By Diana Galban
It’s no secret the U.S. has a gas problem due to a lack of refineries to process crude oil. As a solution, BP, the fourth largest refinery in the country, is spending $3 billion in expansion to process heavy Canadian oil.
Unfortunately, increasing the amount of waste dumping is part of the deal. BP needed permission to do so, and on July 31 the Indiana Department of Environmental Management gave them the authorization. The EPA, a federal entity that is on a crusade to regulate the waste dumping in the Great Lakes, also approved the permit.
Why is this a problem? Lake Michigan, the second largest of the Great Lakes, supplies drinking water for 8 million people in Chicago, and other cities as well. The lake is also a recreational spot for families to swim, boat and fish. On top of that the Great Lakes represent 20 percent of the world’s fresh surface water. Then there’s the lake’s tainted fish, some of which already carry “do not eat” warning labels for the elderly, pregnant women and children in super markets.
- BP gas company’s new permit increases the amount of waste it can dump into Lake Michigan
- The waste dumping includes up to 1,584 pounds of ammonia daily, a 54% increase from the previous permit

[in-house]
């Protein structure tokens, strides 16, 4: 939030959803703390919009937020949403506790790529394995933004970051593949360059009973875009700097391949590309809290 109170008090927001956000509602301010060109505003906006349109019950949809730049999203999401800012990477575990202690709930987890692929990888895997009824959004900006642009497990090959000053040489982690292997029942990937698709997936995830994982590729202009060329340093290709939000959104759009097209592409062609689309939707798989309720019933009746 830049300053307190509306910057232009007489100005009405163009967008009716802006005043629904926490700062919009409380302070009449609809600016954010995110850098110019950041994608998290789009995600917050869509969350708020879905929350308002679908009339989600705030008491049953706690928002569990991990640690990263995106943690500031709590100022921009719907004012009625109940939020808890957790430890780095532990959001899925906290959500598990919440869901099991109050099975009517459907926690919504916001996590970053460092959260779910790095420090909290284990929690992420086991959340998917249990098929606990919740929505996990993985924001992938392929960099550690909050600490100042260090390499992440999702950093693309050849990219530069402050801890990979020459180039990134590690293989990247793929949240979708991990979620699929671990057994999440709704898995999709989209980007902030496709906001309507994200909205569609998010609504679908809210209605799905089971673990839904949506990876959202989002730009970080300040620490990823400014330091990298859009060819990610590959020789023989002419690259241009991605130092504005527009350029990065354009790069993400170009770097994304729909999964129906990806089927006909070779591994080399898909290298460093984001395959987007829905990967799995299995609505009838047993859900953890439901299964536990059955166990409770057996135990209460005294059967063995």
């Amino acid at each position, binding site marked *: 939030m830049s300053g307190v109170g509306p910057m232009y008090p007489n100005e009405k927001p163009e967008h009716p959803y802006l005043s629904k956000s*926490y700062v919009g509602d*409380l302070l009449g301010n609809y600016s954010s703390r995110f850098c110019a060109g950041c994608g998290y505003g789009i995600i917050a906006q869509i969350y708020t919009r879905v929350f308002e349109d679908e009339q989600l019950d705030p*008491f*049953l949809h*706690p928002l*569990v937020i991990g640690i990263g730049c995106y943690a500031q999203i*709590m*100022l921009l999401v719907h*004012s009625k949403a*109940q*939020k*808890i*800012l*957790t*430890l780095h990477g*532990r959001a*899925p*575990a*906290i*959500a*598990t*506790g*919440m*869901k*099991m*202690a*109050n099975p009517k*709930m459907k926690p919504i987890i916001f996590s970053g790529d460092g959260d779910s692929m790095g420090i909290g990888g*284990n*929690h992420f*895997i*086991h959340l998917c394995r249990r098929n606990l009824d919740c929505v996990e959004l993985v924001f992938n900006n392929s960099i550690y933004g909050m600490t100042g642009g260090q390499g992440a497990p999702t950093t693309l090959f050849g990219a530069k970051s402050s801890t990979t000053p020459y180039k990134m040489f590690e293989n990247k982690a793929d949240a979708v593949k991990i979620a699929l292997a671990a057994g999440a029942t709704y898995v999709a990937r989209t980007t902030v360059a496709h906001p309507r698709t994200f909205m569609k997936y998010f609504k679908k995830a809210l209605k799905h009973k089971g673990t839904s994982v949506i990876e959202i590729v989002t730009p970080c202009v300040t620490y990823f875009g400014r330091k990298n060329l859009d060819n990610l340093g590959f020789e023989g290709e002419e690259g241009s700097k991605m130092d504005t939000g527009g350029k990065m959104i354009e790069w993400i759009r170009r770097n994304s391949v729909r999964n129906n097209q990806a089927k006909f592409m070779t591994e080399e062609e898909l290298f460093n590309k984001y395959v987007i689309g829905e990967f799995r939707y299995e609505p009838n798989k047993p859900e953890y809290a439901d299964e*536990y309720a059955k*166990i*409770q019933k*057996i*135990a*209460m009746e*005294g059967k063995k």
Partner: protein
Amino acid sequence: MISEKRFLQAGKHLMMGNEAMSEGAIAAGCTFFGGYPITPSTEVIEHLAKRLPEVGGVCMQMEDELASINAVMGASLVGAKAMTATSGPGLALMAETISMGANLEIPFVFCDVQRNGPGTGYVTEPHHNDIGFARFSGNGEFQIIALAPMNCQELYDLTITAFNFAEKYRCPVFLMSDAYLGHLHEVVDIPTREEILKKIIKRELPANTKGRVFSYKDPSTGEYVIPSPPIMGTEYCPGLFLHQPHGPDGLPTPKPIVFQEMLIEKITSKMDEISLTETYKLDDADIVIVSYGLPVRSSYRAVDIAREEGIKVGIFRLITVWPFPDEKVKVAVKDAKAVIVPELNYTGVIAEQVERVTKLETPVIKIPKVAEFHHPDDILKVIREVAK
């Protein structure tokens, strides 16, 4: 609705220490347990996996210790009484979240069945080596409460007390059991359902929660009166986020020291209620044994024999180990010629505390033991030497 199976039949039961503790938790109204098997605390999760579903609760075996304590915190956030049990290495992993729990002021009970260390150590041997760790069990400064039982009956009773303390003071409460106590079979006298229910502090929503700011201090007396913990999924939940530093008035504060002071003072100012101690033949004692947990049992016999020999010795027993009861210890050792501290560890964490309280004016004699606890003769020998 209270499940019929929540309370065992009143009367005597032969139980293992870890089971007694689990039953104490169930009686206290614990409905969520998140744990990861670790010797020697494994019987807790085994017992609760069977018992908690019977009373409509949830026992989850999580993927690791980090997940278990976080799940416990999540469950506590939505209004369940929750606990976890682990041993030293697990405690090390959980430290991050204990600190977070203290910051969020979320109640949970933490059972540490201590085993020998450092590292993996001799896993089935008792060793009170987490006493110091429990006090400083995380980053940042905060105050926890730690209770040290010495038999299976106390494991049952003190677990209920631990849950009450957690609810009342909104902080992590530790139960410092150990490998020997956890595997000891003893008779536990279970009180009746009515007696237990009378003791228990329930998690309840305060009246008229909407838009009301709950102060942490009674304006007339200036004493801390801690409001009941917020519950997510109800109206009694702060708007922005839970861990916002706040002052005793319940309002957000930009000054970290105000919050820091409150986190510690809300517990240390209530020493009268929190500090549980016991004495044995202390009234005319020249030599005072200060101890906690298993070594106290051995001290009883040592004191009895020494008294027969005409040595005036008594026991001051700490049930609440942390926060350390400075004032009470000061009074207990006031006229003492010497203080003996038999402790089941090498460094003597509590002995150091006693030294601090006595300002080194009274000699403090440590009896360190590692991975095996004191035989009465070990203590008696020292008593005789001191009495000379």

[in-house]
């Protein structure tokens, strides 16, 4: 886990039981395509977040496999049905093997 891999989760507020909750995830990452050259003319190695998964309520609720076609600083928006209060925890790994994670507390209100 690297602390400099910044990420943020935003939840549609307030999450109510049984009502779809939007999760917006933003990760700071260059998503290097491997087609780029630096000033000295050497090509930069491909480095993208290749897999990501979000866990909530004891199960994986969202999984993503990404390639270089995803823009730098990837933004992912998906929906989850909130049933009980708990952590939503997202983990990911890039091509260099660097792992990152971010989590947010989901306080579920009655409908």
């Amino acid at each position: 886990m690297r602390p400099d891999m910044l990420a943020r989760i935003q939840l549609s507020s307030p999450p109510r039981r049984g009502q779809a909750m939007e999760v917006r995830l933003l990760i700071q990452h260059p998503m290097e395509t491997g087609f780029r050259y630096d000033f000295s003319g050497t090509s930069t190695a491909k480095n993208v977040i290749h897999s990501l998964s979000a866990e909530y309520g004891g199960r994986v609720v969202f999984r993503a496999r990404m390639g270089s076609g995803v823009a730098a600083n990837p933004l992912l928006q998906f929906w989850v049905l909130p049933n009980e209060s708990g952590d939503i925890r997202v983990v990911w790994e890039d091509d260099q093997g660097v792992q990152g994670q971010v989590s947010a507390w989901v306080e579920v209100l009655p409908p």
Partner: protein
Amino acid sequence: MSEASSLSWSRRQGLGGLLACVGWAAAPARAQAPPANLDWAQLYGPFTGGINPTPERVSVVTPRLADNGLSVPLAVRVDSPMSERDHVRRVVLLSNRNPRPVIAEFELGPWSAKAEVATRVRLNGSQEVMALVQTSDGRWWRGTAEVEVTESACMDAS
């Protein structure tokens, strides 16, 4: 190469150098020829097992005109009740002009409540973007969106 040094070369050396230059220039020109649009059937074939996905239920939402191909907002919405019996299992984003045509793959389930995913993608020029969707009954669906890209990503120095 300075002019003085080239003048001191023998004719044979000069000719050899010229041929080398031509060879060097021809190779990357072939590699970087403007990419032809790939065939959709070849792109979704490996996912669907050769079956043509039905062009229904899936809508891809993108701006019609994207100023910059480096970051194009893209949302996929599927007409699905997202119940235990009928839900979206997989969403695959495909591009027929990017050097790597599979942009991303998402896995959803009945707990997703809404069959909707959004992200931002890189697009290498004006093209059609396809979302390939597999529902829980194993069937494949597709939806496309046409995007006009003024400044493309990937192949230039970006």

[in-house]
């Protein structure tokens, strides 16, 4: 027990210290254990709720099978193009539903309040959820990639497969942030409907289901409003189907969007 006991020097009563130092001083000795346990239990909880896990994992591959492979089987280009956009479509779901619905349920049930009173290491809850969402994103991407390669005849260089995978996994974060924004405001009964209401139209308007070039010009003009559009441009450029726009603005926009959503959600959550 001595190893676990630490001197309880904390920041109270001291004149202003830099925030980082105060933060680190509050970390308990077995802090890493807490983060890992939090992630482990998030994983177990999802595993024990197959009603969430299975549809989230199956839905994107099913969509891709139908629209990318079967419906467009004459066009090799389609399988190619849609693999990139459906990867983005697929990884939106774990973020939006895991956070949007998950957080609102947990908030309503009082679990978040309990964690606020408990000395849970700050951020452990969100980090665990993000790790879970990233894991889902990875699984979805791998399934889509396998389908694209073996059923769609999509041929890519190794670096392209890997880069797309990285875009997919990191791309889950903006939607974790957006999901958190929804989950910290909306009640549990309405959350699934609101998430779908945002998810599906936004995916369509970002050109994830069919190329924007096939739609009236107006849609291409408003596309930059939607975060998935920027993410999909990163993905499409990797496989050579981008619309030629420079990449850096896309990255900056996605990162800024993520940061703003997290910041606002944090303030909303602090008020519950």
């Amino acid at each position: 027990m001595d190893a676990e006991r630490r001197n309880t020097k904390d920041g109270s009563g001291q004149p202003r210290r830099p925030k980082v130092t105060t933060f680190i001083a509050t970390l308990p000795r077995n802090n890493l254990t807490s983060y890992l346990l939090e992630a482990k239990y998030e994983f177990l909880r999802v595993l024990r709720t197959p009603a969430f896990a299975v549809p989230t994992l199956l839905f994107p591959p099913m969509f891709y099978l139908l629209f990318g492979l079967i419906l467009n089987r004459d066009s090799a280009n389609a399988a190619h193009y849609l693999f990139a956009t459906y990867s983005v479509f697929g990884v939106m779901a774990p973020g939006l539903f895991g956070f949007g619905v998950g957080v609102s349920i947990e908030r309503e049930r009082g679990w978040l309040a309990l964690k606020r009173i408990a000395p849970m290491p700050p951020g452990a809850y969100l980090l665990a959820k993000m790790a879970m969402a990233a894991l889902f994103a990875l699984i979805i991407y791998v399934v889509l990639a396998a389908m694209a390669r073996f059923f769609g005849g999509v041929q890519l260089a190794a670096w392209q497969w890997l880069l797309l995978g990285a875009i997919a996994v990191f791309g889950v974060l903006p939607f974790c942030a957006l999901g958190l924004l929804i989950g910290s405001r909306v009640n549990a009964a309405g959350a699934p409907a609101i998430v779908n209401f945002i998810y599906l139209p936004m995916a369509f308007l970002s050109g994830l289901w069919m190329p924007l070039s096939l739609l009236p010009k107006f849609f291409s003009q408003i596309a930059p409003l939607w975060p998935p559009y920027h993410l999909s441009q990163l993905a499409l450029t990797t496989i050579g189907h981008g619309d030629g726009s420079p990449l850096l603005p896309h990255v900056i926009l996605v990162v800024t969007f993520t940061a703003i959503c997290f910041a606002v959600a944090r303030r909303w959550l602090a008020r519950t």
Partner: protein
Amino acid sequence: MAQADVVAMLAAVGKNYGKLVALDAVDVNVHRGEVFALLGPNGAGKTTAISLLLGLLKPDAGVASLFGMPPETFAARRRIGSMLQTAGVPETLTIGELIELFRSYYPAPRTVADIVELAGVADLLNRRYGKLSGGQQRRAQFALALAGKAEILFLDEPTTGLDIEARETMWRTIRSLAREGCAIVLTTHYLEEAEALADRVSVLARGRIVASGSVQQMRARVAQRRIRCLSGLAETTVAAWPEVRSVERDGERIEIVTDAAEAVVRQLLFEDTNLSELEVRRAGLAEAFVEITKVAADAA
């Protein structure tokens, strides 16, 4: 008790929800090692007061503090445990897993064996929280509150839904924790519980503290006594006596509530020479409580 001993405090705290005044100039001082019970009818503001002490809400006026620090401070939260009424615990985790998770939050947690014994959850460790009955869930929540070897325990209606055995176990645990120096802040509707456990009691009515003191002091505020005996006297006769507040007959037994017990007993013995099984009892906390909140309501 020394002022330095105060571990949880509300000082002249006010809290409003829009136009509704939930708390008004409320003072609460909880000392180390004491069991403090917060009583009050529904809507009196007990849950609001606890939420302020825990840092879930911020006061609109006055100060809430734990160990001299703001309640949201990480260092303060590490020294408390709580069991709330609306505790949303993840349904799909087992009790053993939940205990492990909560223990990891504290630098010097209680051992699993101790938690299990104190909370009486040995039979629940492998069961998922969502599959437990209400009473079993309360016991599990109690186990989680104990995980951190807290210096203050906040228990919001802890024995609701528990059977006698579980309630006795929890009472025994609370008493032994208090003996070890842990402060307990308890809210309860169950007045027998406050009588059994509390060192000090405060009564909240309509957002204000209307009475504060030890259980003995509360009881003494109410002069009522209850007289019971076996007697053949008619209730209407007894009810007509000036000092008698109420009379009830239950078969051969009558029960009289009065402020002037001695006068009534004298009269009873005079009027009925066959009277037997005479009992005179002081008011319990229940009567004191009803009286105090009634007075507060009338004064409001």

- It also allows other toxic substances like mercury, nickel and lead to be deposited in the lake
- Lake Michigan supplies drinking water for 8 million people in Chicago, and other cities as well
This comes during a time when care for the environment is on a high. Major companies have gone green; Al Gore won an Oscar for his documentary; and even the Vans Warped Tour has become more eco-friendly.
The permit BP has gained will let them dump up to 1,584 pounds of ammonia daily, 54 percent more than the allowed amount in the previous permit. In addition, it allows other toxic substances like mercury, nickel and lead to be deposited in the lake.
The EPA says the permit is in compliance with the Clean Water Act. But environmentalists upset over the permit are not buying the EPA’s response. They have been gathering signatures for a petition to stop BP polluting in Lake Michigan.
“We cannot allow the more than 10 million people and countless plants and animals [that] depend on this lake to be put at risk,” Ann Alexander of the Natural Resources Defense Council told CBS news, “nor can we allow a few individuals with special interests to undo all that has been done to clean up the lake.”
Permitting waste dumping in Lake Michigan doesn’t just bring up concern regarding the increase of pollution in that particular area. If BP is able to unload their waste there, it opens the possibility for other companies to do the same throughout the country—and the states might not be able to prevent it.